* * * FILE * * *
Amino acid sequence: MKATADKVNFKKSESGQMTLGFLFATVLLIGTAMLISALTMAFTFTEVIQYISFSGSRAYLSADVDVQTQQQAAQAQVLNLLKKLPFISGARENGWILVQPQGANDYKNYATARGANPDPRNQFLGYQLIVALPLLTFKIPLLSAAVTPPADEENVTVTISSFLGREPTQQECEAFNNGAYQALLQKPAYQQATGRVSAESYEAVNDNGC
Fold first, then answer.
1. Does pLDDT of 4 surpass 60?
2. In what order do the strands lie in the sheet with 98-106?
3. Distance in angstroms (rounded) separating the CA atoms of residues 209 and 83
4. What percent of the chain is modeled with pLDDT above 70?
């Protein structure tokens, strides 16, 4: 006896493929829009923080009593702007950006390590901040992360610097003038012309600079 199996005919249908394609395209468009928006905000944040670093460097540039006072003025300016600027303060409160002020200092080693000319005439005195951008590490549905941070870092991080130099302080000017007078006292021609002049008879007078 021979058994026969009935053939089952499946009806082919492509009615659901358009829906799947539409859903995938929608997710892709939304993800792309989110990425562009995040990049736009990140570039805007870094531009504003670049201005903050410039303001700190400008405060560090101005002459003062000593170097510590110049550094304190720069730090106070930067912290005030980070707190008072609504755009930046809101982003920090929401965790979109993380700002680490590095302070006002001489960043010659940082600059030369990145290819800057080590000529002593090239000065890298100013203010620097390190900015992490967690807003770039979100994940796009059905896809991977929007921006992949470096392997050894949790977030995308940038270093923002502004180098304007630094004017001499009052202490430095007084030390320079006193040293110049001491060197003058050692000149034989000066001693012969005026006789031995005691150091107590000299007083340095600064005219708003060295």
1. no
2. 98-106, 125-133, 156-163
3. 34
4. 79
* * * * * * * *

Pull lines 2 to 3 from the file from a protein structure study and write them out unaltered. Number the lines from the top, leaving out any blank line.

Fold first, then answer.
1. Does pLDDT of 4 surpass 60?